Two of the most important issues encountered during an SCS system fitting procedure are comfort and power consumption. Comfort is essential to a patient, for this is the purpose of the SCS system implantation: to relief pain. During the fitting session, multiple stimulation parameter configurations may be identified which demonstrate similar comfort levels, or paresthesia benefits, for the patient. However, each of these configurations of similar comfort likely consumer power at very different rates.
Selecting a configuration with minimal power consumption is essential to prolonging the effective life of a battery-powered IPG in an SCS system. If a configuration depletes the battery power of the IPG too quickly, the IPG will require more frequent and longer battery recharging sessions. The more frequent and longer the battery recharging sessions, the sooner the patient will be required to endure another intrusive operation to remove the IPG and replace it with a new IPG.
As mentioned earlier, configurations that seem to provide equal paresthesia to a patient may consume power at very different rates. Yet, for each of these given parameter configurations, there is no immediate information given to the clinician regarding the power consumption for each configuration. Thus, it is difficult for the clinician to compare the power consumption efficacy of one parameter configuration to another. There is also no method for using the power consumption measurements of configurations that have been evaluated to guide the clinician to a lower power consumption configuration with equal paresthesia benefits.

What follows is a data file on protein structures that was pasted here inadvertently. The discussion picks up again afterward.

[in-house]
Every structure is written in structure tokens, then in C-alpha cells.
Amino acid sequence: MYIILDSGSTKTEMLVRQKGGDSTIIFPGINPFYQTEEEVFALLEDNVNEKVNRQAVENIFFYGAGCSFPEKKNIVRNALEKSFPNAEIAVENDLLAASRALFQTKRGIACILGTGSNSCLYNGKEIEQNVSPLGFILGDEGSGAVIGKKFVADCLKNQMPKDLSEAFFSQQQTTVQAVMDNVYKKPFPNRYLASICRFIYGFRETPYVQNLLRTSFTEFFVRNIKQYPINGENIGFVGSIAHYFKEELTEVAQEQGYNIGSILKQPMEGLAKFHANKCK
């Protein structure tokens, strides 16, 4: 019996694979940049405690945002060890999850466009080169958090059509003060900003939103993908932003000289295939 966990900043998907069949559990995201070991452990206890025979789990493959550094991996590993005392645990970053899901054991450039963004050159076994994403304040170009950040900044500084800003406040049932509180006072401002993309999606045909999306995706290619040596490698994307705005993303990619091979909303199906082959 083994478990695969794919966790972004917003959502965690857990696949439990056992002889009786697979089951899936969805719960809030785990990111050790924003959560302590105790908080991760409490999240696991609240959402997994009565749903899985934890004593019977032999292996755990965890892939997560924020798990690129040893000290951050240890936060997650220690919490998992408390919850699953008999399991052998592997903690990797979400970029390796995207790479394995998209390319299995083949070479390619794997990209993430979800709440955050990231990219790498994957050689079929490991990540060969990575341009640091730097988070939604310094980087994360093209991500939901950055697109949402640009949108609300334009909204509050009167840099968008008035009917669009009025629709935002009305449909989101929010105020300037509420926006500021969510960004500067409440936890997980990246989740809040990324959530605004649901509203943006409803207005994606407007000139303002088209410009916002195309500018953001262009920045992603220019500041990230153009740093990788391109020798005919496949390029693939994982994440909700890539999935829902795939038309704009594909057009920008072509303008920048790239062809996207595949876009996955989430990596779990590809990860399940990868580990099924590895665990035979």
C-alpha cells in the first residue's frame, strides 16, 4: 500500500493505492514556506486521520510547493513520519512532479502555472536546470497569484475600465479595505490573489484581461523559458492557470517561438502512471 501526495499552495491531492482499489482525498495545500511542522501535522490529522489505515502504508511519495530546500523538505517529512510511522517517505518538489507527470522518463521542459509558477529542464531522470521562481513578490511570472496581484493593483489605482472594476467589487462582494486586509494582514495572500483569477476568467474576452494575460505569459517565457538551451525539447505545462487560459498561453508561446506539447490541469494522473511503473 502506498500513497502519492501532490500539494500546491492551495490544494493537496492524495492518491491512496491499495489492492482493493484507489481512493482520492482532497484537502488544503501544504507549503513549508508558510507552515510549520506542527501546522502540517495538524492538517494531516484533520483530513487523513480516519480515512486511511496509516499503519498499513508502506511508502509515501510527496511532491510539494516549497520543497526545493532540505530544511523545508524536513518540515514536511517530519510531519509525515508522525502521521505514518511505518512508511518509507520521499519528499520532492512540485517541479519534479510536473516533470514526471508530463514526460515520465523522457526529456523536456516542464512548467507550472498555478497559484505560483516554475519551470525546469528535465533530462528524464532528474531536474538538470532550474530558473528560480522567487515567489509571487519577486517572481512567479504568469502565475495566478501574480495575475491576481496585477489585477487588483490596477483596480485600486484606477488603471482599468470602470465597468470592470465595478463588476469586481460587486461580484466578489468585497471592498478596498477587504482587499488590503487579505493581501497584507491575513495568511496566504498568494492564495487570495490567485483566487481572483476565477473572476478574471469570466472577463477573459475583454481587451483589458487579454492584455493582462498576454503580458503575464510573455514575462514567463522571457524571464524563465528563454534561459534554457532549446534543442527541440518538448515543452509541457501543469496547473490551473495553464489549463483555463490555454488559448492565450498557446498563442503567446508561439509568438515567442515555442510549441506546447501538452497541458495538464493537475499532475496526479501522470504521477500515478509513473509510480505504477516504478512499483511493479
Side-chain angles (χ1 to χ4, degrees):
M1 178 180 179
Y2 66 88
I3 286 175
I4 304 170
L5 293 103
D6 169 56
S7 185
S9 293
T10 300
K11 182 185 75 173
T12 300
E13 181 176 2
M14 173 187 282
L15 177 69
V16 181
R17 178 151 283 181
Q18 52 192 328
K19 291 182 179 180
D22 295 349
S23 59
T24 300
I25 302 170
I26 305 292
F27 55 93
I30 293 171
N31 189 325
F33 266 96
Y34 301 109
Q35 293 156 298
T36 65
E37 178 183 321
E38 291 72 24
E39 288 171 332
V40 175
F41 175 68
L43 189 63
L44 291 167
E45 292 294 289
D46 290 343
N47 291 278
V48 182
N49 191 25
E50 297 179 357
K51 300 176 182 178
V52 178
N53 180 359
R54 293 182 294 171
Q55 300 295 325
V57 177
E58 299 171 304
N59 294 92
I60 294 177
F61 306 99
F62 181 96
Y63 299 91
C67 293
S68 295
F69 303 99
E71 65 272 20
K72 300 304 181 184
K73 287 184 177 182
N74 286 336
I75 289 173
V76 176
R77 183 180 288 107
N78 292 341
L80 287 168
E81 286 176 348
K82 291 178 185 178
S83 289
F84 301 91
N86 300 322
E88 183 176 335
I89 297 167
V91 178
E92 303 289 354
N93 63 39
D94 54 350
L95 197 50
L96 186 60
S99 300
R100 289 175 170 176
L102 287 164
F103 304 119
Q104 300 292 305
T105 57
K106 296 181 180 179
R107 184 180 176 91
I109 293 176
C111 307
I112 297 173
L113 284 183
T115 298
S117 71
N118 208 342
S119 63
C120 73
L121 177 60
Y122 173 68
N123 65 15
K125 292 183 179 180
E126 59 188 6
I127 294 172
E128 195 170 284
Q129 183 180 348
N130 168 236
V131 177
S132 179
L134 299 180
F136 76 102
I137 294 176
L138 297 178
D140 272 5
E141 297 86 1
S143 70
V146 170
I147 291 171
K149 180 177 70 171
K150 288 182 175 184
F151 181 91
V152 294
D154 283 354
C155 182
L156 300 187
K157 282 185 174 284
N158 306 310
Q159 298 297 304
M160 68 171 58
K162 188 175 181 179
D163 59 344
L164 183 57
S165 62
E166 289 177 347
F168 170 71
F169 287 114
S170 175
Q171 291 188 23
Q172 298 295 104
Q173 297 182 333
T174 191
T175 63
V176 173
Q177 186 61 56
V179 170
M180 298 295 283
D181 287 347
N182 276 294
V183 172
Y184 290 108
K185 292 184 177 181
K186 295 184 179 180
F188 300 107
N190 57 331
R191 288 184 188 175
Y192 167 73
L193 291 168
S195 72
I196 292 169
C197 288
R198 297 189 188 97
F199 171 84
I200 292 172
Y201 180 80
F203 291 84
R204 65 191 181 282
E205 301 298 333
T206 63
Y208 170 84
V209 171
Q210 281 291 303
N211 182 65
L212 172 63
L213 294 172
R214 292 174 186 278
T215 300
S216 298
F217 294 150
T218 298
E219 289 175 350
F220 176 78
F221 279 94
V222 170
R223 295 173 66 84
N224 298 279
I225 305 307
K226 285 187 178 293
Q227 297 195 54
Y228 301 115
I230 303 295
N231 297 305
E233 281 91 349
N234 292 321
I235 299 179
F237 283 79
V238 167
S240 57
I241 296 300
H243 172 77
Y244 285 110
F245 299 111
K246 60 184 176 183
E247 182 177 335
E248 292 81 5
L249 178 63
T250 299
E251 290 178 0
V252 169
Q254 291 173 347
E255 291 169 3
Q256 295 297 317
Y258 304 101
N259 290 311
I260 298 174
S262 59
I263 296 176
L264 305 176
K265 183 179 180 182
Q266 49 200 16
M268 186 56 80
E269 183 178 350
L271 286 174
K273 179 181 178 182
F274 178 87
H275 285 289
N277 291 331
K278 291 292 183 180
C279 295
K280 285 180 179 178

What is needed is an indication of the power consumption for each stimulation parameter configuration being evaluated, and a method for using the power consumption information to help locate a low power consumption configuration.